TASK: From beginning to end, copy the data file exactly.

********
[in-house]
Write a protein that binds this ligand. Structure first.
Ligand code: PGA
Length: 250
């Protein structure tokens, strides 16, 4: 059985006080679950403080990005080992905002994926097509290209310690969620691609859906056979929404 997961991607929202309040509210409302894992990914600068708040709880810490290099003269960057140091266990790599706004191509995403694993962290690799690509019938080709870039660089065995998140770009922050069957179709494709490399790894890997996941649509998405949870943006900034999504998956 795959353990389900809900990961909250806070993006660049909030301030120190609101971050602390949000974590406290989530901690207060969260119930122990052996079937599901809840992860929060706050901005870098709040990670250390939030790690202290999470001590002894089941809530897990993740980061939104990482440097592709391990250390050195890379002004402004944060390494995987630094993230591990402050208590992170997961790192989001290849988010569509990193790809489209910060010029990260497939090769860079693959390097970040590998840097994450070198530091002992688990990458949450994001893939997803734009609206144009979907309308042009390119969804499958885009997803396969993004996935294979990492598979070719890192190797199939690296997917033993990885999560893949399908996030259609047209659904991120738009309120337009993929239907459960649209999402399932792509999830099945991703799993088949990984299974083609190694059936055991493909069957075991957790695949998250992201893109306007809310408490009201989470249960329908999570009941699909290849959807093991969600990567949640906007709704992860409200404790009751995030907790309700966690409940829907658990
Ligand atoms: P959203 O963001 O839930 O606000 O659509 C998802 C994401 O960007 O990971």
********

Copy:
[in-house]
Write a protein that binds this ligand. Structure first.
Ligand code: PGA
Length: 250
């Protein structure tokens, strides 16, 4: 059985006080679950403080990005080992905002994926097509290209310690969620691609859906056979929404 997961991607929202309040509210409302894992990914600068708040709880810490290099003269960057140091266990790599706004191509995403694993962290690799690509019938080709870039660089065995998140770009922050069957179709494709490399790894890997996941649509998405949870943006900034999504998956 795959353990389900809900990961909250806070993006660049909030301030120190609101971050602390949000974590406290989530901690207060969260119930122990052996079937599901809840992860929060706050901005870098709040990670250390939030790690202290999470001590002894089941809530897990993740980061939104990482440097592709391990250390050195890379002004402004944060390494995987630094993230591990402050208590992170997961790192989001290849988010569509990193790809489209910060010029990260497939090769860079693959390097970040590998840097994450070198530091002992688990990458949450994001893939997803734009609206144009979907309308042009390119969804499958885009997803396969993004996935294979990492598979070719890192190797199939690296997917033993990885999560893949399908996030259609047209659904991120738009309120337009993929239907459960649209999402399932792509999830099945991703799993088949990984299974083609190694059936055991493909069957075991957790695949998250992201893109306007809310408490009201989470249960329908999570009941699909290849959807093991969600990567949640906007709704992860409200404790009751995030907790309700966690409940829907658990
Ligand atoms: P959203 O963001 O839930 O606000 O659509 C998802 C994401 O960007 O990971």